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Competition in Computers among Companies (2)

company competition

The shift from mainframes to PCs was so dramatic that IBM’s stock plummeted from a high of more than $180 in the late 1980s to as low as $43 in 1993, and DEC’s stock price dropped from more than $190 in 1987 to less than $40. In 1993, IBM reported losses of $7.5 billion, the second highest loss ever reported by a corporation.

Contrasting with IBM’s declining value was the growth of Intel and Microsoft, whose stock prices soared in the same period. By 1995 Microsoft and Intel each had a greater market valuation than IBM, even though the two companies’ combined revenues were less than half of IBM’s.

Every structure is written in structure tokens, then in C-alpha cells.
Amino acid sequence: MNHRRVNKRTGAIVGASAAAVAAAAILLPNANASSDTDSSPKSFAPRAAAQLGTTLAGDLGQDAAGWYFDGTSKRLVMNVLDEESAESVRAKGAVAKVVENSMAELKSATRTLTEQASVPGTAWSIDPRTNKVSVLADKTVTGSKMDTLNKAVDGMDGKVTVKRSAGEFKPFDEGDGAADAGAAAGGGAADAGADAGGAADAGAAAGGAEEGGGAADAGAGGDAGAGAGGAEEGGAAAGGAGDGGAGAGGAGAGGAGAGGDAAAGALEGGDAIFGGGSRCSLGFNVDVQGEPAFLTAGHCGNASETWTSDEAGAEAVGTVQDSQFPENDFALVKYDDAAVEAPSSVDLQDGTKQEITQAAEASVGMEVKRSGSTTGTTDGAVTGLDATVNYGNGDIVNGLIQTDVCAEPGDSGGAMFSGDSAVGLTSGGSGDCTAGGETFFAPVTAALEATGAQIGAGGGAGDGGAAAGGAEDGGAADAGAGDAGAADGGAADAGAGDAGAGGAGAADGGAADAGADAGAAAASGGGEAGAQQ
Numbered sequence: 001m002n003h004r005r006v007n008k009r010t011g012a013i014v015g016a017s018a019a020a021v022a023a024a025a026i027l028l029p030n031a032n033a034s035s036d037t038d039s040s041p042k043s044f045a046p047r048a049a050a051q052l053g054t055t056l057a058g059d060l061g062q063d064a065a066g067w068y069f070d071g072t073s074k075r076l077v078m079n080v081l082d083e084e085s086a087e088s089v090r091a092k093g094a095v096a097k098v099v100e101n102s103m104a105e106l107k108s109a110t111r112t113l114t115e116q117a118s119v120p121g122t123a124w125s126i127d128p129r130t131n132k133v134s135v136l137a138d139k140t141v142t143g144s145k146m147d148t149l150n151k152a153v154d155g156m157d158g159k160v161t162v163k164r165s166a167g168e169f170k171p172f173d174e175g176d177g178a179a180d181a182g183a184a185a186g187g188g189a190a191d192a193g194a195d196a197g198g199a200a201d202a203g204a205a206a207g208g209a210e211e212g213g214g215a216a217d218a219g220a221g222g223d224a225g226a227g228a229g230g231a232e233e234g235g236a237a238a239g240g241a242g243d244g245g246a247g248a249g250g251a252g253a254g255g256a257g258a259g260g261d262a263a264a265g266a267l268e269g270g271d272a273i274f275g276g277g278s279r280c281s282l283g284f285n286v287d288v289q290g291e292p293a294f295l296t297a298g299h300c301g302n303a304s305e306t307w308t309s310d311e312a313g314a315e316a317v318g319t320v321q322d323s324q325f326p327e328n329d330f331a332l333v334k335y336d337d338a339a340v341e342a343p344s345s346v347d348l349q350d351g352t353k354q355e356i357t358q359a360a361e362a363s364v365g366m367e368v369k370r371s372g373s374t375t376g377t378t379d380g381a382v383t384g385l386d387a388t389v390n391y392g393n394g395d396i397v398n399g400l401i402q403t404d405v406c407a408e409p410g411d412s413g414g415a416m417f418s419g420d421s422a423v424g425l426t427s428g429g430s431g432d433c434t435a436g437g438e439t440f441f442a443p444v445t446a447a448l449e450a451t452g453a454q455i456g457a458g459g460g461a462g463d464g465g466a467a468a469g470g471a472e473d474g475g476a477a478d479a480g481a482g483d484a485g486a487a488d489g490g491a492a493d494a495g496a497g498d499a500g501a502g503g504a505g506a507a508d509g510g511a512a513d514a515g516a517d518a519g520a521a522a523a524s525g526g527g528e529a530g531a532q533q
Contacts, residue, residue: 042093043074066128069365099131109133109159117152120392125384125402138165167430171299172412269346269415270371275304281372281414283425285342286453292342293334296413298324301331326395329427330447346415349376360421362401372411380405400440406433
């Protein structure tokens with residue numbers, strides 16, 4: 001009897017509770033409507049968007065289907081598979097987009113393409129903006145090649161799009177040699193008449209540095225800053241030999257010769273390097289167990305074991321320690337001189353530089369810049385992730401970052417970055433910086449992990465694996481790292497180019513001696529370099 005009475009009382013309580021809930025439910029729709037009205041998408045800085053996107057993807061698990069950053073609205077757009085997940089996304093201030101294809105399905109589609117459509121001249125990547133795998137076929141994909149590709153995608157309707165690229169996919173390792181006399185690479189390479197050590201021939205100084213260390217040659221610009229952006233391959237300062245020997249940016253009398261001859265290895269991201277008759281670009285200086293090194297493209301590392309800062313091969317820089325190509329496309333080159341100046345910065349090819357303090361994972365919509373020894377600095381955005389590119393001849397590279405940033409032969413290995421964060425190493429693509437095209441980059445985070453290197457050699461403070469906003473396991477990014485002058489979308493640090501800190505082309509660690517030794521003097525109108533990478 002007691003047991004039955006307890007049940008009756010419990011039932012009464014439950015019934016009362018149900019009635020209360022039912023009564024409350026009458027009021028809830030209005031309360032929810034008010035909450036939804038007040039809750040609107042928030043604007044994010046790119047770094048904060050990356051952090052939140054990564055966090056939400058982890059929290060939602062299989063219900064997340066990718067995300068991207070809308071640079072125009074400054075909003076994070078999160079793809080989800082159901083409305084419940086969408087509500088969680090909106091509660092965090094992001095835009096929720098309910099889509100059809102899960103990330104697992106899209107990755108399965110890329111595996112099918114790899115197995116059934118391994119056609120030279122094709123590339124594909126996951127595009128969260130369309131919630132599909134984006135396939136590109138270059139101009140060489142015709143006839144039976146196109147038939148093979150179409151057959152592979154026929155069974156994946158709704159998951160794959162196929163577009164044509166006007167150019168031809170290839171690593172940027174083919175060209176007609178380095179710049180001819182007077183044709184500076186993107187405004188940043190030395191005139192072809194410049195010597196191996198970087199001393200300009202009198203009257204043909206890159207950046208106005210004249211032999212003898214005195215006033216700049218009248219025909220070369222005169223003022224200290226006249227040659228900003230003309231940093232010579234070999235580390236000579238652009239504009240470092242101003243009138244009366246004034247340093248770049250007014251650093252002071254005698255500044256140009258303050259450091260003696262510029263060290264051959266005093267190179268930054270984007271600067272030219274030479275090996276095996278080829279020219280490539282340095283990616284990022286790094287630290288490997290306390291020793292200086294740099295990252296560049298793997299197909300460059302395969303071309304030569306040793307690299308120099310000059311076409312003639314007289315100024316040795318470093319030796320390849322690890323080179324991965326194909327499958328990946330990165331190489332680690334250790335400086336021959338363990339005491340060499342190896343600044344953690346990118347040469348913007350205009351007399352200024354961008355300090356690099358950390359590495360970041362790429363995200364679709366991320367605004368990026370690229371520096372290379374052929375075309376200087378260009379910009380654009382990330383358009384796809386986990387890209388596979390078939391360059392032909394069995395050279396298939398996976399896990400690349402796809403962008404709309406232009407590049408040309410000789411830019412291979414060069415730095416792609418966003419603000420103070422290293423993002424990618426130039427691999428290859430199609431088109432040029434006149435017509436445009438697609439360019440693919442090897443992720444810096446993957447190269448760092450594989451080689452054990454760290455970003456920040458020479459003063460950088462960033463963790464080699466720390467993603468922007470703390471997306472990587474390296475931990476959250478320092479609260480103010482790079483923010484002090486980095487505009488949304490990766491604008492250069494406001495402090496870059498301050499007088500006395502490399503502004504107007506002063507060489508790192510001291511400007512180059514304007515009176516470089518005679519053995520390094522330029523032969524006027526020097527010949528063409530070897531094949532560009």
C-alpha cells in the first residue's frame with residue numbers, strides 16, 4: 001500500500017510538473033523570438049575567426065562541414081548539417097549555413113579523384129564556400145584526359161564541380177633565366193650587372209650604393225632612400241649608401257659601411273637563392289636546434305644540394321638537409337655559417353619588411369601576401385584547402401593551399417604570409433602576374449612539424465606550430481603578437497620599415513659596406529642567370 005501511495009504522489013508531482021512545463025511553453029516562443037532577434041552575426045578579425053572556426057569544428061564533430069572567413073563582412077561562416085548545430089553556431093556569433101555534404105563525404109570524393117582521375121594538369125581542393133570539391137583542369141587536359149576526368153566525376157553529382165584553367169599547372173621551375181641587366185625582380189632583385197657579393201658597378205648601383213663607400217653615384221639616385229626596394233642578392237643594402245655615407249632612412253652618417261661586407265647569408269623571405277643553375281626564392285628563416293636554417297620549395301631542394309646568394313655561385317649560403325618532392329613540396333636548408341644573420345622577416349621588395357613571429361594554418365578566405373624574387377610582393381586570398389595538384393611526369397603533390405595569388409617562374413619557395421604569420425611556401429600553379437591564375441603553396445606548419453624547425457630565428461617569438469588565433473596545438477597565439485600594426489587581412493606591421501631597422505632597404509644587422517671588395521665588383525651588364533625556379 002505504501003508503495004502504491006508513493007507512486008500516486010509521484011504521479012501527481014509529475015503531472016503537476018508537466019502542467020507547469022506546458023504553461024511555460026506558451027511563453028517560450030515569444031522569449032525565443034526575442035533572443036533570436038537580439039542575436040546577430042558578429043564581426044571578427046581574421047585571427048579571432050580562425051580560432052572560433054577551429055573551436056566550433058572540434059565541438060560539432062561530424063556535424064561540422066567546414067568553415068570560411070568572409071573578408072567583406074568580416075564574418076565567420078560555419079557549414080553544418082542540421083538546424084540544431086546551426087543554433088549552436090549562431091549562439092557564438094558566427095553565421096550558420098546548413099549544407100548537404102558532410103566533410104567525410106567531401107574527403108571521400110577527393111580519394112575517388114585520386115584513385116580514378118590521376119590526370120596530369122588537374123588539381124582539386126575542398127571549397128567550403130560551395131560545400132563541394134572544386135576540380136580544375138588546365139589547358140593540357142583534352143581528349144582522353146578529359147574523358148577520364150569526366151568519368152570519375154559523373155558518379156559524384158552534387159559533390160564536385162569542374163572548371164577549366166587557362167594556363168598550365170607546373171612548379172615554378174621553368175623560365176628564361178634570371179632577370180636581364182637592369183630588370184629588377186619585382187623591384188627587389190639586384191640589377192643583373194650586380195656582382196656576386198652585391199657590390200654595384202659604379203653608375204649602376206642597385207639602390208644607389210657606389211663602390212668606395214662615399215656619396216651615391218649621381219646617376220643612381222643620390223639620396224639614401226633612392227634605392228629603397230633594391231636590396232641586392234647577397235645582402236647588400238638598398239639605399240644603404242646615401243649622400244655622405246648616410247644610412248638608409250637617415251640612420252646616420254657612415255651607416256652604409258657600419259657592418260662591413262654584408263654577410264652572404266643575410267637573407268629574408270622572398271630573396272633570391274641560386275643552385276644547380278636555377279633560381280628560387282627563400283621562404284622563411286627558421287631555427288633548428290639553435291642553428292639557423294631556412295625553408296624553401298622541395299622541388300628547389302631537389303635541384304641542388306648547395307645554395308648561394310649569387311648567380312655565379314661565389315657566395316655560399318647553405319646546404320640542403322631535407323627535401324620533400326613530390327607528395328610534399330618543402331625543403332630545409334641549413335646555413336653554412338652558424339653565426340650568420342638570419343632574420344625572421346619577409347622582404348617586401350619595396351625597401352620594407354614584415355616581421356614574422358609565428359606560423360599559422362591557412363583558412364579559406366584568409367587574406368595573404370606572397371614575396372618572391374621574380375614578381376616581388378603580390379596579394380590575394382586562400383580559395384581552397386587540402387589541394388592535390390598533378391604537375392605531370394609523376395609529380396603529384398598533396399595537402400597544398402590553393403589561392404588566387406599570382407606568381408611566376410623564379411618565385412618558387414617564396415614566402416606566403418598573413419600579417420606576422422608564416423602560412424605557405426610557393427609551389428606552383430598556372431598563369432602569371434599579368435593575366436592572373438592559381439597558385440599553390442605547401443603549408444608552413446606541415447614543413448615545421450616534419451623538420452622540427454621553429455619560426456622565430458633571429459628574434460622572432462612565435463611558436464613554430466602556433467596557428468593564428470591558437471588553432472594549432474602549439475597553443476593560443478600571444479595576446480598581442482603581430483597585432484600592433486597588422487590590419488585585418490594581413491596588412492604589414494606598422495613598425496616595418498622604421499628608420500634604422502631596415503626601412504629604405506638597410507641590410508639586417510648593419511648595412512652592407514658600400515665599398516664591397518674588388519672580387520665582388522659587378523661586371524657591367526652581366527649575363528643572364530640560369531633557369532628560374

Other big losers included centralized computing stalwarts DEC, Data General, and Amdahl, while big winners included PC-related companies such as Compaq, Dell, Adobe, Novell, and Lotus. Most symbolic of these changing fortunes, Compaq bought DEC in 1998.

Among non-U.S. companies, some of the biggest success stories of the PC era were Japan’s NEC and Toshiba; Taiwan’s Acer, Mitac and FIC; and Singapore’s Creative Technology. Losers included Japan’s Fujitsu and Hitachi, and European companies such as ICL, Siemens, and Groupe Bull.

Company competitiveness can be measured in a number of ways, such as profitability, creation of shareholder wealth, growth, market share, and technology leadership. Each of these is important, but technology leadership and growth are critical in the computer industry.

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